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The agency that approved the adoption would have to question if there is a flaw in their vetting system.
I agree with most folks here, admitting that it is a mistake is probably best for the child, just as long as it is now MUCH harder for these parents to adopt another child in the future.
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Adopting when your husband is deployed or likely to be deployed is a terrible idea. Parenting alone can be challenging even under the best of circumstances. With the added difficulties of the child being adopted and being special needs, it was all the more important that she have the support of the father. This woman jumped in way over her head. Waiting until the time was right might have made things better for everyone involved.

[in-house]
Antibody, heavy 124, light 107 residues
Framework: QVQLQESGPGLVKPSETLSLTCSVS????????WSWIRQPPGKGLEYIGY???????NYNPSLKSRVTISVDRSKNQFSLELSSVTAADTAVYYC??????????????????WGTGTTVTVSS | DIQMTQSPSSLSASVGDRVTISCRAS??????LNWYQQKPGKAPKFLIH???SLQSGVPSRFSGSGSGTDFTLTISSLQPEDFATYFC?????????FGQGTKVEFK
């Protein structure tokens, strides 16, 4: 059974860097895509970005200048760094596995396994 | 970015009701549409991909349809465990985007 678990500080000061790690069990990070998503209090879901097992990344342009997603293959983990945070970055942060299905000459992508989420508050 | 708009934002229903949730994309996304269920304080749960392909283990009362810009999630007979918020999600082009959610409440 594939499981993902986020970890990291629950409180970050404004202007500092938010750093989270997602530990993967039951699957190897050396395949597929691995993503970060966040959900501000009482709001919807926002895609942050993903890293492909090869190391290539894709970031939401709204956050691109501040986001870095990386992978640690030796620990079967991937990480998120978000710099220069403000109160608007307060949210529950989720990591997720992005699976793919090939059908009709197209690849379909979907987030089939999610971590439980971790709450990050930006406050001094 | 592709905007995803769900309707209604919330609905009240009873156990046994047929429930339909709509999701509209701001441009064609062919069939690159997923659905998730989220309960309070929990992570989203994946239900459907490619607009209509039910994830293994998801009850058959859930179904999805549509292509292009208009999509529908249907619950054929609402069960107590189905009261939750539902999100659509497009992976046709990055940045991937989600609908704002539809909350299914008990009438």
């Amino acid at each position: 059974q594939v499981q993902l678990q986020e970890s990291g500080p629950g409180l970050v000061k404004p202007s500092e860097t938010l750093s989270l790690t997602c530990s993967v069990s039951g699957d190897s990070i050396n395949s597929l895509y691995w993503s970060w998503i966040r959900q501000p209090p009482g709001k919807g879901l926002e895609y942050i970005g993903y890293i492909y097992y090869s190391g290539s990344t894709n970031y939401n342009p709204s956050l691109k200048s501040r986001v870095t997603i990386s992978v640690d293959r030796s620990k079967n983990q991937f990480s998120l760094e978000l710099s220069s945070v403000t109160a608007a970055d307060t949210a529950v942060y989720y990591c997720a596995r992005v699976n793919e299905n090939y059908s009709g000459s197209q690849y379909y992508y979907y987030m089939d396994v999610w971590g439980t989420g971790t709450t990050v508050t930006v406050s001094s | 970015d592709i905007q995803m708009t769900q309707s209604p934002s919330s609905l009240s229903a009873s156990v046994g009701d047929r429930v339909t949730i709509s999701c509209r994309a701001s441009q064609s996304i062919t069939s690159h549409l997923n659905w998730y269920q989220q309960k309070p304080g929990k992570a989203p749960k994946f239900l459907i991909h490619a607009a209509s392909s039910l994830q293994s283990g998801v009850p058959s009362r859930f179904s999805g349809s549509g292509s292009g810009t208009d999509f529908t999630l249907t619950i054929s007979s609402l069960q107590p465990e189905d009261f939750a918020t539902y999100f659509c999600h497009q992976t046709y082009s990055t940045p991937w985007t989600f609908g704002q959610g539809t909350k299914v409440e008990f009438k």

Or if it was a case like someone mentioned above where she was just totally lonely and felt the baby would be the solution, waiting for husband to get back would have fixed her loneliness without a baby having to be involved.

Even if she didn't understand how hard it would be to mother the child all alone, her adoption agency should have encouraged to wait for her husband to be available at home. It might have been hard to accept that she wasn't ready right then, but that would have been easier to deal with than the heart-break she eventually went through.
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It is never not okay to crate the developmentally challenged coprophagous baby back up and ship it straight back to the orphanage where you got it from. I mean, god *damn*, what part of that sounds like a worthwhile parenting experience? Goldfish are more emotionally rewarding than that.